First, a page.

“They [Romans] deliberately choose as tax collectors men who are absolutely ruthless and savage, and give them the means of satisfying their greed. These people who are mischief-makers by nature, gain added immunity because of their “superior orders,” obsequious in everything where their masters are concerned, leave undone no cruelty of any kind and recognize no equity or gentleness . . . as they collect the taxes they spread confusion and chaos everywhere. They exact money not only from people’s property but also from their bodies by means of personal injuries, assault and completely unheard of forms of torture.”

Tax collectors were independent contractors who frequently got out of control, since there were few safeguards to protect the local populace in ancient society. Interestingly, Ms. Cavanaugh’s article is a cautionary history lesson in the context of plans by the United States government to outsource tax collection to independent contractors.

Jesus’ association with tax collectors was even more scandalous than his association with prostitutes and members of terrorist organizations such as Simon the Zealot. Tax collectors were so despicable that their ritual “dirtiness” defiled everything in a house that they entered. In contrast, a thief only defiled those things that he touched in the house.

After his conversion, Matthew was not free from controversy. His Gospel established a hostile attitude toward Jews that persisted for almost 2,000 years. Since the Gospel According to Matthew refers to the temple and city of Jerusalem in their state before their obliteration in 70 A.D., some scholars conclude that the Gospel was written prior to that year. St. Matthew’s stance toward Jews can be understood in the context of a struggle between Jews regarding adherence to their traditional faith or conversion to Christianity. St. Paul lists himself as a persecutor of early Christians. In fact, his conversion occured while he was on a mission to track down believers.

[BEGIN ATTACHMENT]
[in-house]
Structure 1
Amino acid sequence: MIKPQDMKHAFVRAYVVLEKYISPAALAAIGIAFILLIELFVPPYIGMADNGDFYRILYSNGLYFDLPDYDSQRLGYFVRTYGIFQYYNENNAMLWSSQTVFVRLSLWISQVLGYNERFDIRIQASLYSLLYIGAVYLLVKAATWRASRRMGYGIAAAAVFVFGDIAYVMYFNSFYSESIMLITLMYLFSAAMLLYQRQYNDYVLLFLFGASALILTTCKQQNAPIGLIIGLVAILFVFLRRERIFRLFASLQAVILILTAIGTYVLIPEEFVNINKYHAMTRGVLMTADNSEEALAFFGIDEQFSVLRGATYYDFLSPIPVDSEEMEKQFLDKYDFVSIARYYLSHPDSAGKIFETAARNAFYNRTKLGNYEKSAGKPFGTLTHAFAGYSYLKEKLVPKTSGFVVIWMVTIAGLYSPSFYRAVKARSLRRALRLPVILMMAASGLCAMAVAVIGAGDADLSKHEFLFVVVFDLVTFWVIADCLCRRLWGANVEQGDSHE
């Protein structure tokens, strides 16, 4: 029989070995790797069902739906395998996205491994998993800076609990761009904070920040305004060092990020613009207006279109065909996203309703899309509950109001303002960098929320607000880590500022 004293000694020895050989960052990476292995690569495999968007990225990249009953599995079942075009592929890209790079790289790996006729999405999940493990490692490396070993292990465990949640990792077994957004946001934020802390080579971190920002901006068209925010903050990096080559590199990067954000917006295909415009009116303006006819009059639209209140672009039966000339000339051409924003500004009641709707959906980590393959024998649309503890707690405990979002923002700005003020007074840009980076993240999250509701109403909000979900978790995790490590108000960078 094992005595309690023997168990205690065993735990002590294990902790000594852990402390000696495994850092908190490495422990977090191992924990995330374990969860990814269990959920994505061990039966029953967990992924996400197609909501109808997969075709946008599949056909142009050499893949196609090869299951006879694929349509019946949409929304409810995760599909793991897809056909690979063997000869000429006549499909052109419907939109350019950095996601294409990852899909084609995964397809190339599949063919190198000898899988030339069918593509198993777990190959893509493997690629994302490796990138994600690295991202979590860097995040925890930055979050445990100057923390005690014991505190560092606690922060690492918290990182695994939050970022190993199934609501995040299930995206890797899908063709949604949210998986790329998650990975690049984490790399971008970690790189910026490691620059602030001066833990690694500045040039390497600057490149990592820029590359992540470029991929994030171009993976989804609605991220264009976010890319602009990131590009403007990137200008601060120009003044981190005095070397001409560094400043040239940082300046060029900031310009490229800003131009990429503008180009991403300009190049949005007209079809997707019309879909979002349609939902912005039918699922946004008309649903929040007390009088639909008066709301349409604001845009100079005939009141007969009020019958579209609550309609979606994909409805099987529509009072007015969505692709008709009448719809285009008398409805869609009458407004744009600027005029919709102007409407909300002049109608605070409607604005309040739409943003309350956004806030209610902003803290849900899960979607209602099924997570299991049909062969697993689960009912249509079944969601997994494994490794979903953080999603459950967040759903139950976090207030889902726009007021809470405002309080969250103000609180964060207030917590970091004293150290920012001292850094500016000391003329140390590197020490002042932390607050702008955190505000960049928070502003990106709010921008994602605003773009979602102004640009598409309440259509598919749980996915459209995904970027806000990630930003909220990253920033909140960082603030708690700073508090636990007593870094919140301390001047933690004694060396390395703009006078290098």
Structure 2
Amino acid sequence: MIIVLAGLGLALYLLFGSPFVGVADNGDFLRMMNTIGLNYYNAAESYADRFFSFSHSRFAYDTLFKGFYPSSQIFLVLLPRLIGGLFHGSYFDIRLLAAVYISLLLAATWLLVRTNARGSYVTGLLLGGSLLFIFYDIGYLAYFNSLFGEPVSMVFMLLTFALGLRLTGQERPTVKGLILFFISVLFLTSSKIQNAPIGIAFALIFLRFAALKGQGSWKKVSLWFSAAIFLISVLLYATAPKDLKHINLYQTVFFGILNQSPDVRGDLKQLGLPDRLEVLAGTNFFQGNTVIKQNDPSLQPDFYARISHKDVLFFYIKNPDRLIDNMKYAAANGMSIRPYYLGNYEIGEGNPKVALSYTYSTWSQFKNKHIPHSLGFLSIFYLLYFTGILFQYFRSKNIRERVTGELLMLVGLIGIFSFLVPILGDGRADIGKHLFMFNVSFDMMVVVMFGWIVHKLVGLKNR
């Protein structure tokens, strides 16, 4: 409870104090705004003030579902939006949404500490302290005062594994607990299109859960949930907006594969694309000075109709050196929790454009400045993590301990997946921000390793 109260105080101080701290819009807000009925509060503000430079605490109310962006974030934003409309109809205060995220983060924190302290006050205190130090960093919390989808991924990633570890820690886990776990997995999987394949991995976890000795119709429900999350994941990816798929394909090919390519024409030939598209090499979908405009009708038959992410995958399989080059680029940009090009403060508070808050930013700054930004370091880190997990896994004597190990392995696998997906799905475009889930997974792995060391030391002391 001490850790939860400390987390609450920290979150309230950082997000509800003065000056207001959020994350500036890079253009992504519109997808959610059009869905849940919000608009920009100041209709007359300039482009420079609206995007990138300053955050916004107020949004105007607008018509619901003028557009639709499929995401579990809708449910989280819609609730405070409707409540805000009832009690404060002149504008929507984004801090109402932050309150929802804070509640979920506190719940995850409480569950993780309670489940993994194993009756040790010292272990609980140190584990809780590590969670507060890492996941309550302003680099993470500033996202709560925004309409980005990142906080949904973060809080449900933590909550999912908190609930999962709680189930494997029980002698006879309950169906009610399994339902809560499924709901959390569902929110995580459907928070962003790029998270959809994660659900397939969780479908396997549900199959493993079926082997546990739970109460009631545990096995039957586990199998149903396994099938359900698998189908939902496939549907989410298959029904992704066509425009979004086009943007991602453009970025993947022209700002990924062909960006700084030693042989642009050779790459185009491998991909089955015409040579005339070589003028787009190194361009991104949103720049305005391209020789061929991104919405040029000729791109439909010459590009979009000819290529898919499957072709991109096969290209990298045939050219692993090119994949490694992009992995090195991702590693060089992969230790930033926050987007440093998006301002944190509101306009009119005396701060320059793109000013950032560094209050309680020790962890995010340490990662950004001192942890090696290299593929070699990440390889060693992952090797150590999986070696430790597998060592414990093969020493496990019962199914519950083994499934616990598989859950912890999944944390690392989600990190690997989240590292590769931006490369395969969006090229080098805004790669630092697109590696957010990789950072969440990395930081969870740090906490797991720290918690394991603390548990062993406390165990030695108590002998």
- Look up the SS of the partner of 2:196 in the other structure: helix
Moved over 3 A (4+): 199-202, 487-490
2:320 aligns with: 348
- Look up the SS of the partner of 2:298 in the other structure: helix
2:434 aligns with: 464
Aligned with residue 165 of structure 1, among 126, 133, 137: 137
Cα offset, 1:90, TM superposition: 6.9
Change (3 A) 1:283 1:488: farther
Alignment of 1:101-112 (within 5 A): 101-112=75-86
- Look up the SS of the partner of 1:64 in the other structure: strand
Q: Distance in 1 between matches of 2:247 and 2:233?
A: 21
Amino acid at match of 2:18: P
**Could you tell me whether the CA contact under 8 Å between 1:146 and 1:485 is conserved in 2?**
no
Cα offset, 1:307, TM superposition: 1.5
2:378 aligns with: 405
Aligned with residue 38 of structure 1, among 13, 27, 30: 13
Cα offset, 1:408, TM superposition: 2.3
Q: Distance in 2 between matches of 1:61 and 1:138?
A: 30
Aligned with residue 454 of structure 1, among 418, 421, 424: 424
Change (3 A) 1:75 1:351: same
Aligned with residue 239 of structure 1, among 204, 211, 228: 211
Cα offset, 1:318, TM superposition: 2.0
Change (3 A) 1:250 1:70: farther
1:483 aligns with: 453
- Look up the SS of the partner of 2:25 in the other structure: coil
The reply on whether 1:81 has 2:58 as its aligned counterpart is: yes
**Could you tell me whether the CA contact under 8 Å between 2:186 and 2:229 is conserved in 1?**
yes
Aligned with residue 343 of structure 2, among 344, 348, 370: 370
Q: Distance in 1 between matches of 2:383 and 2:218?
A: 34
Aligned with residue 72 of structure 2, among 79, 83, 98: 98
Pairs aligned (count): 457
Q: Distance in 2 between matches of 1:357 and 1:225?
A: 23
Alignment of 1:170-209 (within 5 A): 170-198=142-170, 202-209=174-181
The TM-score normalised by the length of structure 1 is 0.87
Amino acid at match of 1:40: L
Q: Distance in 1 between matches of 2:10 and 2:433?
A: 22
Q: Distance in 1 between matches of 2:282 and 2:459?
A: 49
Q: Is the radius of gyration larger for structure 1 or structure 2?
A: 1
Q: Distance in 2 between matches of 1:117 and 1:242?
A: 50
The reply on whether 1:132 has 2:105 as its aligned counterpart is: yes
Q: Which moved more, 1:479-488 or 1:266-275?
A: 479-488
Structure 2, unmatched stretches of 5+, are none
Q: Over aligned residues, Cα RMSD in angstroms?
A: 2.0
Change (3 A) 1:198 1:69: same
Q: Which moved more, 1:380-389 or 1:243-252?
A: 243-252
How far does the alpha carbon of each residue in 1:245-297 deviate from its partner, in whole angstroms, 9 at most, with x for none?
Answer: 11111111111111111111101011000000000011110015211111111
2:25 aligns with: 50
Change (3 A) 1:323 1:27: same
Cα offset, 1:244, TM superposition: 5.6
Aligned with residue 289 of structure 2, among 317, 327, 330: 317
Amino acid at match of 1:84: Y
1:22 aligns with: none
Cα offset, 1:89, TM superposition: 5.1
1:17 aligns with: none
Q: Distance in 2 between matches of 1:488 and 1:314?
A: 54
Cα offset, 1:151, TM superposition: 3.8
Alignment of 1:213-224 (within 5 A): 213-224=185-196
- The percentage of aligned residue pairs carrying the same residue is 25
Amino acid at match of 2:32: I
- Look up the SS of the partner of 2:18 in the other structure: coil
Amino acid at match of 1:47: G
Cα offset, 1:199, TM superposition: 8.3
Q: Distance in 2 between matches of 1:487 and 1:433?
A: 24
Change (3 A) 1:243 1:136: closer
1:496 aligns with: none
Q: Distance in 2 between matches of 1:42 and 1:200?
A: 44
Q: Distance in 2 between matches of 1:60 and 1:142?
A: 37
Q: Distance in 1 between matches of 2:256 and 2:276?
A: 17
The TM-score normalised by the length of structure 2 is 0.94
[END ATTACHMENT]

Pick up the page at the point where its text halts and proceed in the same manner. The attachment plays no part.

Douglas R. A. Hare’s monograph “The Theme of Jewish Persecution in the Gospel According to St. Matthew,” asks whether St. Matthew exaggerated the persecution and what effect it had on his theology. Using Christian and Rabbinic sources, Hare concludes that the persecution was directed at Christian missionaries, as opposed to Christians in general.

We see this continuing contest after the destruction of 70 AD in the efforts of St. John Chrysostom to stem Jewish influence in the Christian community in Antioch in the fourth century. It was not until 1965 that the Second Vatican Council, in its decree on relations with non-Christians, “Nostra Aetate” (“In Our Time”), that the Church told her members to adopt a posture of respect and dialog with Jews.

The Gospel of St. Matthew, in its beauty, is a central document in Christianity. The emphasis on Christ as the Messiah and the passing away of Judaism are central themes. Pharisees, those staunch guardians of Judaism from the rampant Hellenistic paganism of the time, won’t make it into the Kingdom before repentant tax collectors and prostitutes.

If we substitute  the words “Faithful Christians” for “Pharisees” we get some idea of how incendiary the message still is today.

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Posted by on Sep 20, 2007

Saints of the Day – Korean Martyrs

Saints of the Day – Korean Martyrs

Kim Dae Geon (1822 - 1846) Priest & Martyr

If you ever wonder about the power of books, the church in Korea owes its start to them. It is probably unique in this regard. Korea was closed to outside trade and influences at the time. Unfortunately, this is still the case in Communist North Korea, the Democratic People’s Republic of Korea. The Christian books were obtained by Korean scholars from the Korean embassy in China. The first convert Ni-seoung-houn was baptized in 1784 in Beijing, where he had gone to study Catholicism. He returned to Korea and converted many others. Most of these first Christians were later killed in 1791. However in 1794, when a Chinese priest, Fr. James Tsiou, arrived, he found 4,000 Catholics. Subsequent waves of persecution and martyrdom followed in 1836, 1846, and 1867. The martyrdom of French missionaries, in part, led to to a war called the French Campaign Against Korea.

Their stories are compelling. It is especially interesting to see how a sacramental and liturgical church can grow without any ordained clergy. It is even more interesting how they adapted with relative ease to a foreign clergy and developed their own.

Pope John Paul II canonized (designated as saints) the martyrs of 1836, 1846, and 1867 in Seoul on May 6, 1984. The Pope began his homily with Luke 24:26 from the story of the disciples on the way to Emmaus after the death of Christ. “Was it not necessary that the Christ should suffer these things and enter into His glory?” He went on to relate the rest of this story of encouragement and also incorporated a history of the church in Korea. and the testimony of the martyrs.

The faith demonstrated by these Christians, and their statements prior to their deaths, are very reminiscent of the early Church. They should also be a reminder that in many parts of the world today, Christians are still being persecuted. In China, Sudan, and even Latin America, the faith remains something to die for.